By the way, Simon... I see that you have included this post in only one Active Rain Group.  AR allows, and encourages you to include it in a maximum of five groups.  That way you get much more exposure for your post... and heighten the number of readers and comments you will get.  Just a thought.

Sep 17, 2011 01:43 PM
Simon Mills
Mills Realty - Toluca Lake, CA

Karen - Thanks for the tip on the Group postings.  Your first case is an obvious reason for the pre-listing appraisal, but I'm not buying that an agent would have no-clue as to the market value of the property.  There are just too many tool accessible to an agent to assist in determining market value.

Corinne - I agree that most seller are resistant as they have been accustomed to the free CMA.  My point is that the CMA might not be in the seller's best interest.

Sep 17, 2011 02:56 PM
Evelyn Kennedy
Alain Pinel Realtors - Alameda, CA
Alameda, Real Estate, Alameda, CA


I have asked one of my clients to get prelisting appraisals.  We found at one point that the appraisal was too high and my seller would not come down on his sales price. 

Sep 17, 2011 03:11 PM
Simon Mills
Mills Realty - Toluca Lake, CA

Evelyn - Nothing is perfect, right?  Did you feel it was too high when you first received it?

Sep 17, 2011 03:19 PM
w w
Solana Beach, CA

I think a pre-listing appraisal is a great idea, especially in this market.  Thanks for the post!

Sep 17, 2011 04:00 PM
Michael Hobbs
PahRoo Appraisal & Consultancy - Chicago, IL


Great Post.  There have a been a number of very good comments both in support of your suggestion and contrary to it.  Our firm regularly provides listing appraisals for Realtors and sellers in the 'pre-listing' stage...and generally it tends to happen in a couple circumstances:

a) the seller has unrealistic expectations about the list / sales price and the Realtor wants to reign them in

b) the seller wants an unbiased opinion before meeting with Realtors to have a baseline to compare the Realtors in order to make a decision

c) the property has some uniqueness to it (proximity to a positive feature or a negative feature as an example) or bigger than normal or smaller than average and / or there haven't been recent sales of similar properties and an outside opinion is desired.

Additionally, for the small price of the appraisal, compared to the much larger sales commission generated from a sale, it is a good marketing tool.

Of course, all of this is predicated on having a knowledgeable and talented appraiser performing the pre-listing appraisal.  We even go so far as to provide both a market value for the current date as well as a forecasted sales price based on market trends and competitive market environment.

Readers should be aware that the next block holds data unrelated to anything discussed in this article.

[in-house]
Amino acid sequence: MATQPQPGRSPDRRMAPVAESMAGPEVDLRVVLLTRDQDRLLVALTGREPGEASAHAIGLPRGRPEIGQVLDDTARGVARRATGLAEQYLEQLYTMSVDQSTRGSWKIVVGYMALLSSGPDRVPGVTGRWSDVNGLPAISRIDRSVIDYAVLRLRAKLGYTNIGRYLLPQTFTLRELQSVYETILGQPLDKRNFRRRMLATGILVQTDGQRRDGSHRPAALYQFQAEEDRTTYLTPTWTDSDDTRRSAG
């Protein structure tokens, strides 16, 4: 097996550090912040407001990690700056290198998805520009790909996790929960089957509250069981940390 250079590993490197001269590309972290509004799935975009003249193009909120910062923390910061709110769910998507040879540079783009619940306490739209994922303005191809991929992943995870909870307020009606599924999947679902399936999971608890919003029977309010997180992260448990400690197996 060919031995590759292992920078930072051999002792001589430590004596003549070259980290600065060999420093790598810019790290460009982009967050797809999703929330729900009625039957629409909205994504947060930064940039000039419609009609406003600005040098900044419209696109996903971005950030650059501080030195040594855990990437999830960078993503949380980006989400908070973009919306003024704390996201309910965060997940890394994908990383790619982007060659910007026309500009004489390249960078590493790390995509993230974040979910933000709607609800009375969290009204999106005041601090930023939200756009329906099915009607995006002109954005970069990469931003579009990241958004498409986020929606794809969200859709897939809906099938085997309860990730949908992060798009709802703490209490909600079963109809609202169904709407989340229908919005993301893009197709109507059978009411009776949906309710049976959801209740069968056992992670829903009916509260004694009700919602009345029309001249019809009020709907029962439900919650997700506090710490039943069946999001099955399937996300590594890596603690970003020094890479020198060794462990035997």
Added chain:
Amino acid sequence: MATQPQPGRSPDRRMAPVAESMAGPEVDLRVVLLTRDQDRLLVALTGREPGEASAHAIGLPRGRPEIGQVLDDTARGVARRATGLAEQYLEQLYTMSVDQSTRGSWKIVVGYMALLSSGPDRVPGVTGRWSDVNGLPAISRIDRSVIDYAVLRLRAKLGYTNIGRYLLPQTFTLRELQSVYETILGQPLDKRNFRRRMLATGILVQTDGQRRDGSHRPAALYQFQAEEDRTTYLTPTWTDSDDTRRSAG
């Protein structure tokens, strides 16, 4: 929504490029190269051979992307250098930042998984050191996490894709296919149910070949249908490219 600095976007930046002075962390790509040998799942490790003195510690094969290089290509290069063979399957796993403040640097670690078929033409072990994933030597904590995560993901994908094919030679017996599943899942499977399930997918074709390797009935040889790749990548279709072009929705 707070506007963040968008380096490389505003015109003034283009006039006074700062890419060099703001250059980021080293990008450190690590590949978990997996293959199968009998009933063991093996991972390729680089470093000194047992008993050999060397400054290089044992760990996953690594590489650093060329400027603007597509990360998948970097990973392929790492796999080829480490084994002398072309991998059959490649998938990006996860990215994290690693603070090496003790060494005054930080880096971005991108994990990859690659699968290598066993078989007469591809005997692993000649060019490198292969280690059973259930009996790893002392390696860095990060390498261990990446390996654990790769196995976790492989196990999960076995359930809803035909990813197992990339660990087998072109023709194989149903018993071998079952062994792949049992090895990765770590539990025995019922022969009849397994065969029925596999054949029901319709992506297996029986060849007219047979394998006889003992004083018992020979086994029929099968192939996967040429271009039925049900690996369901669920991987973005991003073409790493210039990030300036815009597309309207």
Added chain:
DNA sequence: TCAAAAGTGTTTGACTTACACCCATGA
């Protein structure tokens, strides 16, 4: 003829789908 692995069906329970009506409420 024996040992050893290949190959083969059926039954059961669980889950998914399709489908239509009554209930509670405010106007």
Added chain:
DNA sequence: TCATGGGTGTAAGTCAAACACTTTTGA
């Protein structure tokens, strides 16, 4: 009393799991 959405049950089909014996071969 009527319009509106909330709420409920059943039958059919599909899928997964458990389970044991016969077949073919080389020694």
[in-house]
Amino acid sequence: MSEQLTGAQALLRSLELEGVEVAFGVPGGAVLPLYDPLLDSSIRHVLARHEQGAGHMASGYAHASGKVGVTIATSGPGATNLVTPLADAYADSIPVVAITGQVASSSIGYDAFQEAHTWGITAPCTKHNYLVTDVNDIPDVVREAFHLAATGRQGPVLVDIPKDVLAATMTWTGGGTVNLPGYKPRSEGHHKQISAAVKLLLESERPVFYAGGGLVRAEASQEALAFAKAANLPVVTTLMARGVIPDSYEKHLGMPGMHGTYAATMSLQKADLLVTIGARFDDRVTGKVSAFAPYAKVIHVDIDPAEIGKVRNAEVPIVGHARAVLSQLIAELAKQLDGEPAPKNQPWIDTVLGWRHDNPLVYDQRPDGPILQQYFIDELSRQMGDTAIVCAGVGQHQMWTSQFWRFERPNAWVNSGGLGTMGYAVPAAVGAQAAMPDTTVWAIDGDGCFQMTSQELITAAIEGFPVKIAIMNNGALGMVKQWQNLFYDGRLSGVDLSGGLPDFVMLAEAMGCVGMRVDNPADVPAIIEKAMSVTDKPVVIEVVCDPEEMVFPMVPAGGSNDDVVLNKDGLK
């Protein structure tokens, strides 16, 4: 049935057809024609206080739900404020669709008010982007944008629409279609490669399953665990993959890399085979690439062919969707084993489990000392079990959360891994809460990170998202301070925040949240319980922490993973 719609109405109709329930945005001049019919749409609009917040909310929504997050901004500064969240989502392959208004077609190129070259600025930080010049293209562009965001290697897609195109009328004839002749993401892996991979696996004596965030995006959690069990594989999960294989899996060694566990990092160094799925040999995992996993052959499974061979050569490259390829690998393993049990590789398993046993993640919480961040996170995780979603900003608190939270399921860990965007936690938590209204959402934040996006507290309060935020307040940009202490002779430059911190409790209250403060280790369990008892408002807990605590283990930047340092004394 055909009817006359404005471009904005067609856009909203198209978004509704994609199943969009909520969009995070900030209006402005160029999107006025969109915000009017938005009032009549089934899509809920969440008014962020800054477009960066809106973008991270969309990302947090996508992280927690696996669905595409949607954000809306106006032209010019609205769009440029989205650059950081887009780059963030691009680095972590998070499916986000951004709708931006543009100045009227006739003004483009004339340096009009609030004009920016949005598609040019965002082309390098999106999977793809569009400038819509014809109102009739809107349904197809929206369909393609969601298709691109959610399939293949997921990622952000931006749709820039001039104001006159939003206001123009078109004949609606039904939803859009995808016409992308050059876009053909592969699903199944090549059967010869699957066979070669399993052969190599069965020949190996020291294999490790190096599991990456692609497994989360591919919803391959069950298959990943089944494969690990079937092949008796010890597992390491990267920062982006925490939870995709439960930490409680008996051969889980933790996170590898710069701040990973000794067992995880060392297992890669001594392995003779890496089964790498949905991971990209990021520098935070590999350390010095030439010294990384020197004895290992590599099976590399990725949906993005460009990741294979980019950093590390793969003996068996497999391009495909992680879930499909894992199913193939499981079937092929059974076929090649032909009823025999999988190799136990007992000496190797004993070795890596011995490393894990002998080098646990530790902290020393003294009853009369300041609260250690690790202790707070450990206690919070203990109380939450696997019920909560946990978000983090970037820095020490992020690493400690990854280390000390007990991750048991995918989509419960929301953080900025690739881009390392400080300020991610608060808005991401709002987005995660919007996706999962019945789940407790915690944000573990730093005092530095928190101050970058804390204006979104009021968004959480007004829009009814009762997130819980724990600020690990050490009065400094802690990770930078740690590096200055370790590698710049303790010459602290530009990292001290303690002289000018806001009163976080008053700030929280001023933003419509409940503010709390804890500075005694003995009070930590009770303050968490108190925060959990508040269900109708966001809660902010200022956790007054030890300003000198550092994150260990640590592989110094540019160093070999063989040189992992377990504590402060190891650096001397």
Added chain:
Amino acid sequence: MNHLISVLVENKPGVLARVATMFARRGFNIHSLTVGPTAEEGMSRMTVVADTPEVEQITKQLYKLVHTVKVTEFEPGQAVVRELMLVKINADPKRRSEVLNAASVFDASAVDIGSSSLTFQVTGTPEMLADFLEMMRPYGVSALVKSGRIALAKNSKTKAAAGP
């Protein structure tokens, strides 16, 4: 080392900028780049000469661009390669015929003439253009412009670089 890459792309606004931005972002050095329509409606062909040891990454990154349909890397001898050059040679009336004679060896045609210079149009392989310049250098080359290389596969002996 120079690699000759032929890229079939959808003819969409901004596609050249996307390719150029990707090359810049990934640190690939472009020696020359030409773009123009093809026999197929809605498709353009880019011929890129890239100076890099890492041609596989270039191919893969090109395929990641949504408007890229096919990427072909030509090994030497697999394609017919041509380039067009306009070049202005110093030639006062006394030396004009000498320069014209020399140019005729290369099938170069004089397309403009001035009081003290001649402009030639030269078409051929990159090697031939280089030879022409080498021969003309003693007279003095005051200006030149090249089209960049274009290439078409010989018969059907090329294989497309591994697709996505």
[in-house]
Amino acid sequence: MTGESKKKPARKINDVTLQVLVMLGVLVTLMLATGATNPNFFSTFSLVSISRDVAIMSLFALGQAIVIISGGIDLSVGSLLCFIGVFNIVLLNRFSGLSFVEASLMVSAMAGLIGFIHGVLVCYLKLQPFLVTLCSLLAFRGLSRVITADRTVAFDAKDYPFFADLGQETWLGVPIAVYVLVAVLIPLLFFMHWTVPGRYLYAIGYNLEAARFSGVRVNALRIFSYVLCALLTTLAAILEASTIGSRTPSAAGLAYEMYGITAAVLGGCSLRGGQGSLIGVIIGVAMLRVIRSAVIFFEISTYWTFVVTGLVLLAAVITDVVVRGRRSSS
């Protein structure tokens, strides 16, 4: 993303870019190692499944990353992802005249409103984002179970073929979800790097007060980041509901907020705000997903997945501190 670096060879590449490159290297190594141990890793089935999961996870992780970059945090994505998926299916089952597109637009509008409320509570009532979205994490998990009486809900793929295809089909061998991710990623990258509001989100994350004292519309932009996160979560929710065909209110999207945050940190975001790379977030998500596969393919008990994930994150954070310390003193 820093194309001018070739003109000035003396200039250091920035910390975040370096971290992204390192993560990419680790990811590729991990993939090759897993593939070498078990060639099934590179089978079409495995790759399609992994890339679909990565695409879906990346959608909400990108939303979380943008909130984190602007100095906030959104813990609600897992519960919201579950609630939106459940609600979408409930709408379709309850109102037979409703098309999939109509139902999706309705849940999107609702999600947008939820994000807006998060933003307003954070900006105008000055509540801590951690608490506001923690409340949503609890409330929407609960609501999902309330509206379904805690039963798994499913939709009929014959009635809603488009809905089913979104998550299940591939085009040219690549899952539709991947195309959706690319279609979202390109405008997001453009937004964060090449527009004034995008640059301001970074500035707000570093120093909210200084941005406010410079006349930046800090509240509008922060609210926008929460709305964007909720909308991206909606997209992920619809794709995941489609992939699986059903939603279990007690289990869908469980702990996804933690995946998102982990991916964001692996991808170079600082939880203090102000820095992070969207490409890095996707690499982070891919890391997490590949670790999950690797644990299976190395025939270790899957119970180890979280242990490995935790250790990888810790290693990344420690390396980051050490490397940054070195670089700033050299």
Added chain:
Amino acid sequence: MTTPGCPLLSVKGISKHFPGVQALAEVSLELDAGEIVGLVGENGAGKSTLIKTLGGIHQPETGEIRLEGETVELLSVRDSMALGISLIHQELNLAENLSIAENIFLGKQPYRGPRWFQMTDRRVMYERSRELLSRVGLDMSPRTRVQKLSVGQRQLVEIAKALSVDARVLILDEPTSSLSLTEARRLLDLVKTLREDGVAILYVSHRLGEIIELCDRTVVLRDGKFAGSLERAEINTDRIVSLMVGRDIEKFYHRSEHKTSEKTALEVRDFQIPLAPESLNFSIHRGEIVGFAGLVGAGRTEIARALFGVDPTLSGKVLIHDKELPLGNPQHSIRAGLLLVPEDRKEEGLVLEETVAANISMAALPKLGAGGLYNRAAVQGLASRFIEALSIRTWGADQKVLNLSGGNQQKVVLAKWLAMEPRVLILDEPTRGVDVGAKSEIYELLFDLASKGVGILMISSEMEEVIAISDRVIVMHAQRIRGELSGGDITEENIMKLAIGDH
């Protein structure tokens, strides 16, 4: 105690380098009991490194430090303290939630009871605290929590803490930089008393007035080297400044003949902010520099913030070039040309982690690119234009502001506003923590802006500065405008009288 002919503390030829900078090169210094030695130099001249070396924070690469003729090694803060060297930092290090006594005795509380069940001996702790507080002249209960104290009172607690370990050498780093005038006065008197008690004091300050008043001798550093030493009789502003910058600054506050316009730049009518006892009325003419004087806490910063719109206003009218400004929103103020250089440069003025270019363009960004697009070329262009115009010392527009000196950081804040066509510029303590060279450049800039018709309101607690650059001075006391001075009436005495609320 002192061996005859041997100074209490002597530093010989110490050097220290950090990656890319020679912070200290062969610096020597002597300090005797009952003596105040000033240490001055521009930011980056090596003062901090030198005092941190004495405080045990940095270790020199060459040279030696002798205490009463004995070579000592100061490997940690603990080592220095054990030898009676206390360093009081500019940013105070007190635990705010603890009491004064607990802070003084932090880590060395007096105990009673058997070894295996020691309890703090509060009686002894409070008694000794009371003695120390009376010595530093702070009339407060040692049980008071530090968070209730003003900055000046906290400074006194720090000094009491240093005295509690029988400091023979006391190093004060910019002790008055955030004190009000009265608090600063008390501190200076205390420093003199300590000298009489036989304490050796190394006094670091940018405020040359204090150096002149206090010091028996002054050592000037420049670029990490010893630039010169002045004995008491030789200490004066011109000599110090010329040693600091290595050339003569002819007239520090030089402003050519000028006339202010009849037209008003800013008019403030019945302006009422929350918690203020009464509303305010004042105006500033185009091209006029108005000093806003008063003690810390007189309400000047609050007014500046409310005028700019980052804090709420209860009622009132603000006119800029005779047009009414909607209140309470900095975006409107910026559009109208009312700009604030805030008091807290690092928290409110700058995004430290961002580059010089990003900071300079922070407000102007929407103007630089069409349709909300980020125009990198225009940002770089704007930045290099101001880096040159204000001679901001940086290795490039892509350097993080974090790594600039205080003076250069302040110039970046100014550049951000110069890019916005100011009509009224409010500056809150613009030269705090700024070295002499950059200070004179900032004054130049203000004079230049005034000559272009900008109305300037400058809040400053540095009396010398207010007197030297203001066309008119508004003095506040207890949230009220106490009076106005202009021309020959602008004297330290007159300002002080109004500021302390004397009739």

In response to where can others find talented appraisers: is the best source.




Sep 17, 2011 04:22 PM
Lawrence Evans
Team Limejuicer/Remax - Germantown, MD

Simon I understand your opinion, but I would prefer the seller spend $400-$600 on a broker's open and get dozens of opinions from marketing experts of that area.  The appraised value just like the market value can change on a dime, requiring the listing agent to educate his seller.  Sellers more often than not get stuck on the value of pre-listing appraisals, creating more aggravation for the listing agent.


Sep 18, 2011 01:48 AM
Simon Mills
Mills Realty - Toluca Lake, CA

Wendy - Thanks for the support

Michael - Excellent comment.  Thank you for the recommendation on the appraiser website.

Lawrence - I can see your point.  However, seller's can get stuck on any number, so I don't feel that is an argument to not have an unbiased opinion.

Sep 18, 2011 04:44 AM
Lloyd Binen
Certified Realty Services - Saratoga, CA
Silicon Valley Realtor since 1976; 408-373-4411

I've never done a pre-listing appraisal because I work in a small geographic area and I think I know more about market values than an appraiser.  If I was working out of my area it might make more sense to me.

To my way of thinking a pre-listing appraisal assumes that an appraiser knows more about the market values than a ready, willing and able buyer does.  I don't believe that.  They look at the same comps we do.

Also, some buyers don't need the property to appraise because they have large down payments.

what does this mean: Simon Mills of Mills Realty is in the top 1% for listings sold in California.

Does it mean Simon Mills has sold more homes than 99% of Realtors in CA?



Sep 22, 2011 05:36 PM
Simon Mills
Mills Realty - Toluca Lake, CA

Lloyd - I agree that some buyers don't need the appraisal and that is indeed a valid argument, but the majority of buyers will need it.  My point wasn't so much for the buyer, but it was more for the seller to have a truly unbiased opinion.  I feel the same as you that the comps are readily available and I am perfectly competent to give an accurate assessment, too.  This is really intended to remove the agent's motivation out of the equation and have the seller feel at ease with the number.  "Simon Mills has sold more homes than 99% of Realtors in CA?" means exactly what it says and that is that I have sold more homes than 99% of licensees in California.

Sep 23, 2011 06:28 AM
Regina P. Brown
MBA Broker Consultants - Carlsbad, CA
M.B.A., Broker, Instructor

Simon, I agree that the seller should pay for a pre-listing appraisal; however, most will not.  REO's, Short Sales, and even equity buyers just can't afford it.

I also think they should pay for a pre-listing home inspection which they should hand to the buyer before the buyer writes an offer!  Can you imagine how many problems that would eliminate!

Sep 23, 2011 09:19 PM
Simon Mills
Mills Realty - Toluca Lake, CA

Regina - REO's have alreay done apprasals and short sales will have them done during the approval period, so those aren't really the types of lisitngs I'm talking about.  I know that many equity sales are trying to save money and would balk at the pre-listing appraisal, but there are others areas that they might want to consider savings money.  I agree the pre-listing home inspection is a great idea.  Sounds like a good blog!

Sep 24, 2011 12:30 PM
Leslie Ebersole
Swanepoel T3 Group - Saint Charles, IL
I help brokers build businesses they love.

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Dec 24, 2011 05:24 AM